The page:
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    ah

    NaBr + H2SO4 => NaHSO4 + HBr

    What happens here. What reduces what? Its worth 2M.
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    Is this redox? It looks to me that the H2SO4 is acting as an acid (proton donor) and the NaBr is acting as a base (proton acceptor)...
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    well, in h2so4 the hydrogenxygen ration is 2:4 to reduce something you decrease the ratio as is in the sodium hydrogen sulphate( ratio 1:4)
    I think that's right and I hope it helps!
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    my teacher said Br2 is formed and consequently brown fumes are formed.
    but she never told us which reduced which, to allow this to happen..

    People any answers???
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    2HBr +H2SO4 --> Br2 + SO2 + 2H2O
    AQA CHEM2?
    Got it tomorrow too :sigh:
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    (Original post by Smeh)
    2HBr +H2SO4 --> Br2 + SO2 + 2H2O
    AQA CHEM2?
    Got it tomorrow too :sigh:
    CCEA.

    Ah do you know which reduces which?
    it doesn't ask for equation.
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    look in the AQA chem book if you have one on pg170/171

    anyway from what i have understood (from revising this all day), is that this is an acid / base reaction (so no reduction or oxidation happening here)- notice that the oxidation state of each element stays the same i.e. Na+1 before and same afterward, H+1 b4 and after.,etc..only H+ ions are moved from one species to another which makes it acid/base..(this much should get you your marks)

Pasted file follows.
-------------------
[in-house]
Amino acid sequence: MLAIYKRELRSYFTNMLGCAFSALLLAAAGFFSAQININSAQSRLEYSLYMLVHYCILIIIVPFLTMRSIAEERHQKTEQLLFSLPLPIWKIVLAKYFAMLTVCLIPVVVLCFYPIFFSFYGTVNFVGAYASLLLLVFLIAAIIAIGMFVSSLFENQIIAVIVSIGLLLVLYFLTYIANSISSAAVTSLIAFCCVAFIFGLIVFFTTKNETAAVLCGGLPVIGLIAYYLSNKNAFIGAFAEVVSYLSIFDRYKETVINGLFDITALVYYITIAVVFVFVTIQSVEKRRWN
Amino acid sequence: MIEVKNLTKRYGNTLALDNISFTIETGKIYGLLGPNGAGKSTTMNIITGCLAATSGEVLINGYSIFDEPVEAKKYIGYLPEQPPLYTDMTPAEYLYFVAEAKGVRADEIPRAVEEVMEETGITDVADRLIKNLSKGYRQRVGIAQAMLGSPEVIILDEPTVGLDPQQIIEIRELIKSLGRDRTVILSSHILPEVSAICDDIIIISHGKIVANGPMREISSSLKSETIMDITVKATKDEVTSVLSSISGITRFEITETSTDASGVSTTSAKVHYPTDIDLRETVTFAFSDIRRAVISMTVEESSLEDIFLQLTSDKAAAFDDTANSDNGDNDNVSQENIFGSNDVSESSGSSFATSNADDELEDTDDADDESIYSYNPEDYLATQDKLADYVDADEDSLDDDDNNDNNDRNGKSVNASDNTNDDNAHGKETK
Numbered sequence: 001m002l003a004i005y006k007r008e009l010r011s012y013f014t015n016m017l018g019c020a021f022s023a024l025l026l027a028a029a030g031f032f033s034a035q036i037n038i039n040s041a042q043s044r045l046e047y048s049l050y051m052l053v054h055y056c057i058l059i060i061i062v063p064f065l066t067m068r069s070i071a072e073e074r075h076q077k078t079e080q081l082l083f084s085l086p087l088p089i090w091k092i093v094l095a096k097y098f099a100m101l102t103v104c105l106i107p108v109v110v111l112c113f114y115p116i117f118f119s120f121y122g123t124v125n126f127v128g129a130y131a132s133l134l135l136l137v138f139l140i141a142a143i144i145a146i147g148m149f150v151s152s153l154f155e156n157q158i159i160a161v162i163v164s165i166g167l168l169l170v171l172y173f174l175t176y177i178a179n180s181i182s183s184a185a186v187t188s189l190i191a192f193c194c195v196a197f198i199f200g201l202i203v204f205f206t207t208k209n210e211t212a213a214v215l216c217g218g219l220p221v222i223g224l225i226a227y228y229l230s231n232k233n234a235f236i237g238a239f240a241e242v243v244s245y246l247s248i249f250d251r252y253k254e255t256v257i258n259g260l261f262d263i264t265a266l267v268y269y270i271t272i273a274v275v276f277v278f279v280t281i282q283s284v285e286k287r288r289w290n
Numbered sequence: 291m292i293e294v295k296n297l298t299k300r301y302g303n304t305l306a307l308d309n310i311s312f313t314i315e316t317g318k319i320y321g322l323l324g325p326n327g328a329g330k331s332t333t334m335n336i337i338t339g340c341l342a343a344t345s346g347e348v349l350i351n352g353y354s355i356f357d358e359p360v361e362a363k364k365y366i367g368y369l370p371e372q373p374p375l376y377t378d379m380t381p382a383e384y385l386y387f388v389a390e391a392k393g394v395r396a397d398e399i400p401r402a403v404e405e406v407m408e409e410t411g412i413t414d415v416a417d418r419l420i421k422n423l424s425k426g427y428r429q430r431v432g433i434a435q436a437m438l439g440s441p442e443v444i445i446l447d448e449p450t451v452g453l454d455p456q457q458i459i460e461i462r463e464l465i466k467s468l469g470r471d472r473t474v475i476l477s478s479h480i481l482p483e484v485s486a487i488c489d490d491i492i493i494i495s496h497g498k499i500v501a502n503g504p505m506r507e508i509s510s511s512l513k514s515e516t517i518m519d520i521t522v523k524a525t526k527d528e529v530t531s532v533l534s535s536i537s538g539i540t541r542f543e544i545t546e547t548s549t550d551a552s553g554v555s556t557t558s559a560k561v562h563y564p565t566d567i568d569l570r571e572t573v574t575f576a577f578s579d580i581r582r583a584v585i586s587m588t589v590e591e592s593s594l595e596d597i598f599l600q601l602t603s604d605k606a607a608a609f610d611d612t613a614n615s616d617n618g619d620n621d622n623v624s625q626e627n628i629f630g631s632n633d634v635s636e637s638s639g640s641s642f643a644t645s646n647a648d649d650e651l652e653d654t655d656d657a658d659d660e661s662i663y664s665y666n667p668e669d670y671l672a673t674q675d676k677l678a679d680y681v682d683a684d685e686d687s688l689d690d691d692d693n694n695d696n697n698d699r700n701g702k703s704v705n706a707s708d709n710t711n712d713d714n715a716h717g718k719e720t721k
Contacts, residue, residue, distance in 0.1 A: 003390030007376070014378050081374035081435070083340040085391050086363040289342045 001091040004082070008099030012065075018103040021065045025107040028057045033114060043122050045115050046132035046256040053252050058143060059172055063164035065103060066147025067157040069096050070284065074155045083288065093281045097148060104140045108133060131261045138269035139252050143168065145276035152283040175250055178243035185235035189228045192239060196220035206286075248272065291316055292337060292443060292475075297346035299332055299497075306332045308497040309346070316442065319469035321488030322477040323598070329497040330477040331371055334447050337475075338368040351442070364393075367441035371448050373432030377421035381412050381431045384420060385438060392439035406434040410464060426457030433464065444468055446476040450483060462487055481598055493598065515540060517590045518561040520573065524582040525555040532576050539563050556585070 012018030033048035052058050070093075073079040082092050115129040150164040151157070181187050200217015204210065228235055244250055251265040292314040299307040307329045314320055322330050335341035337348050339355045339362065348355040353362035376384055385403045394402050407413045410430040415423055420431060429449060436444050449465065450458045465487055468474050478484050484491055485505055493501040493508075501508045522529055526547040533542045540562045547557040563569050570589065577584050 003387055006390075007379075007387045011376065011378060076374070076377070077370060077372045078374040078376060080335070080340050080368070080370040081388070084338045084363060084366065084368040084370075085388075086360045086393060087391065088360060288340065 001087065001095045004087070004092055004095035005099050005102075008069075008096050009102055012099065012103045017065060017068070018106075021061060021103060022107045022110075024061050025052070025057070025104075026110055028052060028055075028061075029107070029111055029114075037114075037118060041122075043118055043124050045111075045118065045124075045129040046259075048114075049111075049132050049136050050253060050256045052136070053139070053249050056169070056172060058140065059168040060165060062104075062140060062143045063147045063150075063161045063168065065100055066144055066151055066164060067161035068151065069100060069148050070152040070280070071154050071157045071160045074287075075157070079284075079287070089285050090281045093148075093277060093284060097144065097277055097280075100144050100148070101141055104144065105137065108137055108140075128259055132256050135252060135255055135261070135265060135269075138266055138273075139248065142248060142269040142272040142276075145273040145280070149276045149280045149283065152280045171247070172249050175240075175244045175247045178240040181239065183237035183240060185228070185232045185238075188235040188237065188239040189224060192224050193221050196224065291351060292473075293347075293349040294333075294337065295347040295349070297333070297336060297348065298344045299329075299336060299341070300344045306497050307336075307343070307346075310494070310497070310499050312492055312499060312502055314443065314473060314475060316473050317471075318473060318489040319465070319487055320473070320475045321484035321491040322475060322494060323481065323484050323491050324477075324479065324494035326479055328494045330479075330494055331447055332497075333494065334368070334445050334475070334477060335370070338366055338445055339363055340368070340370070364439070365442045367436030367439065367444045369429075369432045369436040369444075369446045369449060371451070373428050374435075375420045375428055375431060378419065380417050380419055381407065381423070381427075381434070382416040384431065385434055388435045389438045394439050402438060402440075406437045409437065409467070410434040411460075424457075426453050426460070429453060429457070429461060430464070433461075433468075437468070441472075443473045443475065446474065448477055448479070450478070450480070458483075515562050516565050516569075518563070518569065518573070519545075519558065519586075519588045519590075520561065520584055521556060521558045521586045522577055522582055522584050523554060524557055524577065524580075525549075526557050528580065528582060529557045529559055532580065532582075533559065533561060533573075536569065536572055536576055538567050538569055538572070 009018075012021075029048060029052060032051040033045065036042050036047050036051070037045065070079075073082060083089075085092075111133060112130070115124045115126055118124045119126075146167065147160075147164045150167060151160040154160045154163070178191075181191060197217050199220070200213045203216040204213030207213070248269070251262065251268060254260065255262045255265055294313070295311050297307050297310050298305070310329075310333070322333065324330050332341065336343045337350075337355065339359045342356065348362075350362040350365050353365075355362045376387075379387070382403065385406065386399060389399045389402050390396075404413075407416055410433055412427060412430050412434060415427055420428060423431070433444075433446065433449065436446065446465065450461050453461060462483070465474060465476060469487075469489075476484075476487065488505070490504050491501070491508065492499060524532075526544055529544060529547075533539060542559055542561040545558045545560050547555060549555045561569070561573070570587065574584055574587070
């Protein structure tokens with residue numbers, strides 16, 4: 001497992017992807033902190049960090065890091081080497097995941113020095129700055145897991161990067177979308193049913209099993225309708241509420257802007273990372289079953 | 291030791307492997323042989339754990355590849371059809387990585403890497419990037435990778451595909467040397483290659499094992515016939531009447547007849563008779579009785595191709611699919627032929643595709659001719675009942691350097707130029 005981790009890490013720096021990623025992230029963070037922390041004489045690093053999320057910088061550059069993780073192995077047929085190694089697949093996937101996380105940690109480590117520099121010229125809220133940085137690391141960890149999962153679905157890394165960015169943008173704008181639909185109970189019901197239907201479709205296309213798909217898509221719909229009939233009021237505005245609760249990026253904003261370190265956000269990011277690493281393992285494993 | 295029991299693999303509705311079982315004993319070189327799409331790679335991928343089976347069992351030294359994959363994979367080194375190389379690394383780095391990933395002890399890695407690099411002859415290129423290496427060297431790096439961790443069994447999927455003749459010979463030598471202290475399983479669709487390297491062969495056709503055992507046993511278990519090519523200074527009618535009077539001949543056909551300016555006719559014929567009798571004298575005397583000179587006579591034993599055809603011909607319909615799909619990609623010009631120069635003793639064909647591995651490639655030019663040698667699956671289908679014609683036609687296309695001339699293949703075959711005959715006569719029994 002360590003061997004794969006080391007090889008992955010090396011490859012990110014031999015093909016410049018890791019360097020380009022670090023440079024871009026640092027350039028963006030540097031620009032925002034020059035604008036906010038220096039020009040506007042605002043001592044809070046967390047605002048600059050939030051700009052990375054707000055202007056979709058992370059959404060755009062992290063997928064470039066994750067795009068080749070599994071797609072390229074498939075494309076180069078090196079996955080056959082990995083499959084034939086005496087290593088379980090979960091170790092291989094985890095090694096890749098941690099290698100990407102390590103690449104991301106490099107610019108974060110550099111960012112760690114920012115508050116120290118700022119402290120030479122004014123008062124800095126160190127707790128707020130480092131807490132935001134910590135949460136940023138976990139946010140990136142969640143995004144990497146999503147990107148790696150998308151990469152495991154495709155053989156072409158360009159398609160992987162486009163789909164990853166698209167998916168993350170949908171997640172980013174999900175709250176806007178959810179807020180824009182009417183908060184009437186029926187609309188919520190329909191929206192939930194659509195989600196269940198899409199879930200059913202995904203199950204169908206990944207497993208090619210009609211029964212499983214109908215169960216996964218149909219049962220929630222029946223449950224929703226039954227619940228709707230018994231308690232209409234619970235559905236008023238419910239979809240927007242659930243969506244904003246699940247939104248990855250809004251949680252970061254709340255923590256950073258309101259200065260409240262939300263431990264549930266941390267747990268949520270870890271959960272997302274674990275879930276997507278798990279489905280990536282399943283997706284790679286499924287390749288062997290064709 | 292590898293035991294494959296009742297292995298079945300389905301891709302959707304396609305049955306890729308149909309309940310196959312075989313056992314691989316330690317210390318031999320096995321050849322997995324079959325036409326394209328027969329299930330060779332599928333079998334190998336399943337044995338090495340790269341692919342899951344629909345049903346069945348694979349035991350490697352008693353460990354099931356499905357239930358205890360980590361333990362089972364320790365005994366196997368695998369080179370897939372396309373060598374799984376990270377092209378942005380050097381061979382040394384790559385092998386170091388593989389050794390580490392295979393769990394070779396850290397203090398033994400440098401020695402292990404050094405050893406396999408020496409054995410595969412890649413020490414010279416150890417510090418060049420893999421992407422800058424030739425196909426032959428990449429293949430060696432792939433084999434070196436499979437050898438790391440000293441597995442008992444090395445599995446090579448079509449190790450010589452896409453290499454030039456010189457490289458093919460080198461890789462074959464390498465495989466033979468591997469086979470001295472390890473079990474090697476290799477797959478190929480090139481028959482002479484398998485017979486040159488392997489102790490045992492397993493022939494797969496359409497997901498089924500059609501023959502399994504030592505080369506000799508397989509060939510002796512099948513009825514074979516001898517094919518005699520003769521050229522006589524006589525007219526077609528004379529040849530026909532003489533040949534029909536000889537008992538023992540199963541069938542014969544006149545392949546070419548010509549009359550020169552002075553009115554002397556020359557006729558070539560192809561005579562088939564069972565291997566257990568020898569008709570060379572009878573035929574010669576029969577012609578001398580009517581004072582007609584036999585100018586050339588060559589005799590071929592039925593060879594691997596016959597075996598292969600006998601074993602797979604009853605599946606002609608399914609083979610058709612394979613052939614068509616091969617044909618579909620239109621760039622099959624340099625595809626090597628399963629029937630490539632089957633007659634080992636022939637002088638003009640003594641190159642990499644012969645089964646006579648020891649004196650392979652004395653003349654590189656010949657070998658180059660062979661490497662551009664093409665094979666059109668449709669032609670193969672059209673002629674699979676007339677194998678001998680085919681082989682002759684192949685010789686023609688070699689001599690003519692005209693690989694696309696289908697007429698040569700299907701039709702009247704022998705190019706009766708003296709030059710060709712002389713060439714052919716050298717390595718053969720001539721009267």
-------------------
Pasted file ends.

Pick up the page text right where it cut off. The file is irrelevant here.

extra info:
    now the Br- goes on to reduce HBr further to make Br2 the bromide ions (Br-) are stronger reducing agents than chlorine ions hence they reduce the sulfuric acid to sulfur dioxide..that must be what your teacher told you..
    the reaction is :

    2 HBr + H2SO4 = SO2 + 2H2O + Br2

    here, the Br is oxidised from -1 to 0. and the S is reduced from +6 to +4 hence this is a redox reaction.

    i am not too good at describing things..anyway i tried
    hope this helped
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    (Original post by ddxxx)
    look in the AQA chem book if you have one on pg170/171

    anyway from what i have understood (from revising this all day), is that this is the first step..and is an acid / base reaction - notice that the oxidation state of each element stays the same i.e. Na+1 before and same afterward, H+1 b4 and after.,etc..only H+ ions are moved from one species to another which makes it acid/base..

    now the Br- ( which is a stronger reducing agent that Cl) goes on to reduce HBr further to make Br2..that must be what your teacher told you..
    the reaction is :

    2 HBr + H2SO4 = SO2 + 2H2O + Br2

    here, the Br is oxidised from -1 to 0. and the S is reduced from +6 to +4 hence this is a redox reaction.

    i am not too good at describing things..anyway i tried
    hope this helped
    Ultimately Br- reduces HBr to Br2?

    Thanks so much for helping. Good luck tomorrow.xx
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    the h2so4 is the thing that's being reduced
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    (Original post by MedAmy)
    Ultimately Br- reduces HBr to Br2?
    I meant Br- in HBr is oxidised to Br2 ( Oxidation state of Br goes from -1 in HBr to 0 in Br2)..if that helps

    i saw what confused you..i edited my original post
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    H+ +e- ----> 1/2H2

    half eqn for typical reaction of acid, it tends to form H2 in most of these redox reactions, but could also form water, and some other stuff in certain cases.

    It gains electrons, so it has been reduced. The eqn you show was only half way through, the Br- will eventually get oxidised to Br2, and giving off SO2 gas for a thermodynamically favourable process.
 
 
 
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